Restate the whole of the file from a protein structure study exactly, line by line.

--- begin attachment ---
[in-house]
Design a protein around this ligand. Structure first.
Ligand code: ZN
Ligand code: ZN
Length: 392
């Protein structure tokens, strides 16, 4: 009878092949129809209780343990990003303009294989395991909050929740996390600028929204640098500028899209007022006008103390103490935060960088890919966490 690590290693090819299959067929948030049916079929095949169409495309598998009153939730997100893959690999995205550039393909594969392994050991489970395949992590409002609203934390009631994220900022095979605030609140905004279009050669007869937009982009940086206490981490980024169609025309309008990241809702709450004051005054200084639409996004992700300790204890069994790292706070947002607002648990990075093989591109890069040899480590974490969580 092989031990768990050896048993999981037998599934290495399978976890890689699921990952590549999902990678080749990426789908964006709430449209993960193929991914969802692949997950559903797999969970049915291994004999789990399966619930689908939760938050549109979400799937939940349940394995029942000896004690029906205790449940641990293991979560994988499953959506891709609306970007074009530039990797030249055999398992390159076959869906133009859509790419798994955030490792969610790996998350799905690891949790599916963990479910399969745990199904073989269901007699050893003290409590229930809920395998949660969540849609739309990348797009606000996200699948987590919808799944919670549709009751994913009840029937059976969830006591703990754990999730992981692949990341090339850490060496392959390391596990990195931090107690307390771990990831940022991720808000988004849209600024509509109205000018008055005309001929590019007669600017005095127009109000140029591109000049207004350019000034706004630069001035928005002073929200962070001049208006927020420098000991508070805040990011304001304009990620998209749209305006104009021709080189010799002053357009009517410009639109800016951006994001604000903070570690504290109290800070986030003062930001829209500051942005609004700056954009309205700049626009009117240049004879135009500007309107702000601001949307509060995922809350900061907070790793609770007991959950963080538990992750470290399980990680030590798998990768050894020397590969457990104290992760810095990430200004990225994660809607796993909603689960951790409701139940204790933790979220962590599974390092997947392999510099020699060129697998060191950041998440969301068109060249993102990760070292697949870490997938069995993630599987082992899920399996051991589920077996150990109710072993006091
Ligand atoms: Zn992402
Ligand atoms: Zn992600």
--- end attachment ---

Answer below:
[in-house]
Design a protein around this ligand. Structure first.
Ligand code: ZN
Ligand code: ZN
Length: 392
């Protein structure tokens, strides 16, 4: 009878092949129809209780343990990003303009294989395991909050929740996390600028929204640098500028899209007022006008103390103490935060960088890919966490 690590290693090819299959067929948030049916079929095949169409495309598998009153939730997100893959690999995205550039393909594969392994050991489970395949992590409002609203934390009631994220900022095979605030609140905004279009050669007869937009982009940086206490981490980024169609025309309008990241809702709450004051005054200084639409996004992700300790204890069994790292706070947002607002648990990075093989591109890069040899480590974490969580 092989031990768990050896048993999981037998599934290495399978976890890689699921990952590549999902990678080749990426789908964006709430449209993960193929991914969802692949997950559903797999969970049915291994004999789990399966619930689908939760938050549109979400799937939940349940394995029942000896004690029906205790449940641990293991979560994988499953959506891709609306970007074009530039990797030249055999398992390159076959869906133009859509790419798994955030490792969610790996998350799905690891949790599916963990479910399969745990199904073989269901007699050893003290409590229930809920395998949660969540849609739309990348797009606000996200699948987590919808799944919670549709009751994913009840029937059976969830006591703990754990999730992981692949990341090339850490060496392959390391596990990195931090107690307390771990990831940022991720808000988004849209600024509509109205000018008055005309001929590019007669600017005095127009109000140029591109000049207004350019000034706004630069001035928005002073929200962070001049208006927020420098000991508070805040990011304001304009990620998209749209305006104009021709080189010799002053357009009517410009639109800016951006994001604000903070570690504290109290800070986030003062930001829209500051942005609004700056954009309205700049626009009117240049004879135009500007309107702000601001949307509060995922809350900061907070790793609770007991959950963080538990992750470290399980990680030590798998990768050894020397590969457990104290992760810095990430200004990225994660809607796993909603689960951790409701139940204790933790979220962590599974390092997947392999510099020699060129697998060191950041998440969301068109060249993102990760070292697949870490997938069995993630599987082992899920399996051991589920077996150990109710072993006091
Ligand atoms: Zn992402
Ligand atoms: Zn992600």